What the cognitivist wants is an account of how true beliefs direct us to the aesthetically related options of pure objects. With out this, it’s laborious to see why scientific data ought to be particularly conducive to aesthetic engagement, or why false perception ought to corrupt it. Turner mentions that rocks and fossils can “join us” to locations, which presumably means they’ll change our expertise of a spot by revealing options of its historical past which can be invisible to naïve observers (Turner 2020, 9). However this fails to clarify why false beliefs in regards to the previous are aesthetically problematic. Are false beliefs incapable of fostering a way of place or connecting us to the locations we inhabit? To reply “sure” is to disclaim fantasy and custom any position in these issues besides insofar as they converge on historic reality. This strikes me as unsatisfactory (however, you already know, thud thud).

My very own mind-set in regards to the relationship between data and aesthetic expertise focuses on the type of attentiveness data makes doable. I agree with Turner that scientific data isn’t needed for a “correct” appreciation of one thing like a panorama. However as Helen Gordon factors out, “for those who do have this [knowledge], one thing adjustments about the best way you exist in that area.”

A named panorama thickens. It’s to do with historical past and context but additionally… with the standard of consideration. To assign one thing its [scientific] title, you want to take the time to pick figuring out options. You search for longer. And the extra you already know, the extra issues cease being a backdrop… and turn out to be by some means extra current in view, extra insistently themselves, the best way a well-known face stands out in a crowd. (Gordon 2021, 273)

That is Geikie earlier than the boulder. What an atypical particular person would overlook, Geikie discovered riveting. It was as a result of he (thought he) knew what he was that he knew it didn’t belong. It stood out like an obelisk on the streets of London. However geology confirmed the way it hung collectively. The rock, the ravine, the heavings of historical icebergs—historical past resolved the discordance into the next concord. It scarcely issues that an important a part of the story turned out to be false. What mattered for his aesthetic engagement was that his consideration was mounted on that boulder, which led him to hint out a sequence of implications in an ever-widening circle.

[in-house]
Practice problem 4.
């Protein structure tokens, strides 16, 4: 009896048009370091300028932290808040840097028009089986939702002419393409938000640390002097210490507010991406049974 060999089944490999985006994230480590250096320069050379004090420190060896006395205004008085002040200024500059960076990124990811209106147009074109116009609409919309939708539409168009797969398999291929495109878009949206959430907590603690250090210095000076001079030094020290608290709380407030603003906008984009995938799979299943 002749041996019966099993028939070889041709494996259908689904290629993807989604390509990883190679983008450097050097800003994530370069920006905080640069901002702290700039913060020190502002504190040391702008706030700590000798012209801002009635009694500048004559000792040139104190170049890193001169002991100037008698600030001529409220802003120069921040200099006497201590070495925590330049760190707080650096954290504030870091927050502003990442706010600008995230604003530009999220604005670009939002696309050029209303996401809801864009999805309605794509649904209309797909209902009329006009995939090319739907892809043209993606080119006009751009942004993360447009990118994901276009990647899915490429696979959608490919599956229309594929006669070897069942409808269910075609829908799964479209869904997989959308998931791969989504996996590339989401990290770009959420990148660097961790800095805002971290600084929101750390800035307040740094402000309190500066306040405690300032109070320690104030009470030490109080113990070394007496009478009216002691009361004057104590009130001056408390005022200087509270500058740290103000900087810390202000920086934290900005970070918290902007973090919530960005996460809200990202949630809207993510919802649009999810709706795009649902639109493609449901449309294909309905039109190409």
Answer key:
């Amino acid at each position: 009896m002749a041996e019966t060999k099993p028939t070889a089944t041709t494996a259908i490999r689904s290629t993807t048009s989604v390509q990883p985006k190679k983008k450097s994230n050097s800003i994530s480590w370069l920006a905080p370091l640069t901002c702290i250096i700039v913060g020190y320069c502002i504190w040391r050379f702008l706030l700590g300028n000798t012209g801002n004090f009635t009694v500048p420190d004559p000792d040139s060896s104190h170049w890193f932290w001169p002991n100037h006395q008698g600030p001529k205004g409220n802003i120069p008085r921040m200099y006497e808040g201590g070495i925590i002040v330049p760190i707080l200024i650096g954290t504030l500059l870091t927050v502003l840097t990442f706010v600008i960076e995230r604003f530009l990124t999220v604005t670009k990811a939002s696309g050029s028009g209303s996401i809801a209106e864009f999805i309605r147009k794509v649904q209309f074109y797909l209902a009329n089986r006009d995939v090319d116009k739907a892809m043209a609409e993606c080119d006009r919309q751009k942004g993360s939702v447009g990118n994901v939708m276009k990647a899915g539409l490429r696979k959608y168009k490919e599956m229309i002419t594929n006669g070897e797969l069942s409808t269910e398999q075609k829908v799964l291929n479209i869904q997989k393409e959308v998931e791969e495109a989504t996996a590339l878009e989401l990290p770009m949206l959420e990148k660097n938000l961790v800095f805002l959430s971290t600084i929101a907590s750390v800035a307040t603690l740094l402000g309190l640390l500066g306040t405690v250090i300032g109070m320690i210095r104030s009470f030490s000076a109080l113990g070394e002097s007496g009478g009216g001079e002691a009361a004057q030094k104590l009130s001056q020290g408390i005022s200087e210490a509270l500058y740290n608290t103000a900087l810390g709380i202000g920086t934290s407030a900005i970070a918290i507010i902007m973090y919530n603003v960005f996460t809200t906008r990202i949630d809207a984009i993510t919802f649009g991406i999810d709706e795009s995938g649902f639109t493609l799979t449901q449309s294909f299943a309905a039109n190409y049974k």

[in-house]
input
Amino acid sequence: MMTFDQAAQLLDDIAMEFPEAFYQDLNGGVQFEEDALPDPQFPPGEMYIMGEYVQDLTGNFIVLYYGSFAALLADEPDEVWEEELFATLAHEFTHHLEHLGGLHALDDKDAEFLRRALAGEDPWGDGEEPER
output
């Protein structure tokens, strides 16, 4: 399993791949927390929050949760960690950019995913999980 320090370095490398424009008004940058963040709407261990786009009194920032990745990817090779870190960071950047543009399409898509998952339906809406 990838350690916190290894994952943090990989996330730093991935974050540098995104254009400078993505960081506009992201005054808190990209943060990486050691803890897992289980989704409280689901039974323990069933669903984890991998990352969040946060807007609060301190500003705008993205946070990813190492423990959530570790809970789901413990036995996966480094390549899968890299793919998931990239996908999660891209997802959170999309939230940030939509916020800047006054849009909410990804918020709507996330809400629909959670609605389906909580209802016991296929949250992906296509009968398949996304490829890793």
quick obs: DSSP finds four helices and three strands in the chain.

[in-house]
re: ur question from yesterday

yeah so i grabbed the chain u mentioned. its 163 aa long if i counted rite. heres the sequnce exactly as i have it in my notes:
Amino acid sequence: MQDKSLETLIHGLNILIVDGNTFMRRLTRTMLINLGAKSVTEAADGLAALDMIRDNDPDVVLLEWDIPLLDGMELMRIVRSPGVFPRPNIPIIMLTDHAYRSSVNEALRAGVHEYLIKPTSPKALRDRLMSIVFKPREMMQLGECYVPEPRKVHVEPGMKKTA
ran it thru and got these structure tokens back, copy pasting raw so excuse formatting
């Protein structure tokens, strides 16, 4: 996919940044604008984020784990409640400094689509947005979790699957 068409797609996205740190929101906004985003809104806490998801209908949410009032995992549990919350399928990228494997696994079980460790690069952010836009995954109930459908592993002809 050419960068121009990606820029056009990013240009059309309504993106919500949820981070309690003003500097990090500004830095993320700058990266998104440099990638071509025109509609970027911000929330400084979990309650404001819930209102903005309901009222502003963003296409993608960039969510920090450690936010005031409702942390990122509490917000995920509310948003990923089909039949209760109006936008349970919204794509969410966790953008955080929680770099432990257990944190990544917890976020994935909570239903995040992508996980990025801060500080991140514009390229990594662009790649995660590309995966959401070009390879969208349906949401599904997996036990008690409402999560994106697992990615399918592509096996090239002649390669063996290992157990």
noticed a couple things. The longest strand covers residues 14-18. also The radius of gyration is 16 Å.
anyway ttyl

Information, then, is a thickening agent. It’s considered one of a number of issues that provides new hues and textures to expertise, focusing consideration on in any other case unremarkable options and offering pointers for the creativeness. For Miller, geology turned an eroded contact between rocks right into a magic portal, giving onto the huge sea of time. This imaginative and prescient was not precluded by these parts of his thought that turned out to be false. Arguably it was even facilitated by them. In Miller’s writings, sacred and geological historical past have been superimposed in a approach that imbued his topic with a heady combine of spiritual and quasi-mythical overtones (O’Connor 2007). This was a potent supply of aesthetic engagement, and I collect a key a part of his attraction to the general public that clambered for his books. However—I want to counsel—it was solely doable due to the constraints and distortions of his geological data. It’s troublesome to think about something resembling Miller’s reveries rising from the geology of at this time, and on this sense, no less than, false beliefs served his aesthetic engagement higher than true ones ever may have.

[ad_2]

Leave a Reply

Your email address will not be published. Required fields are marked *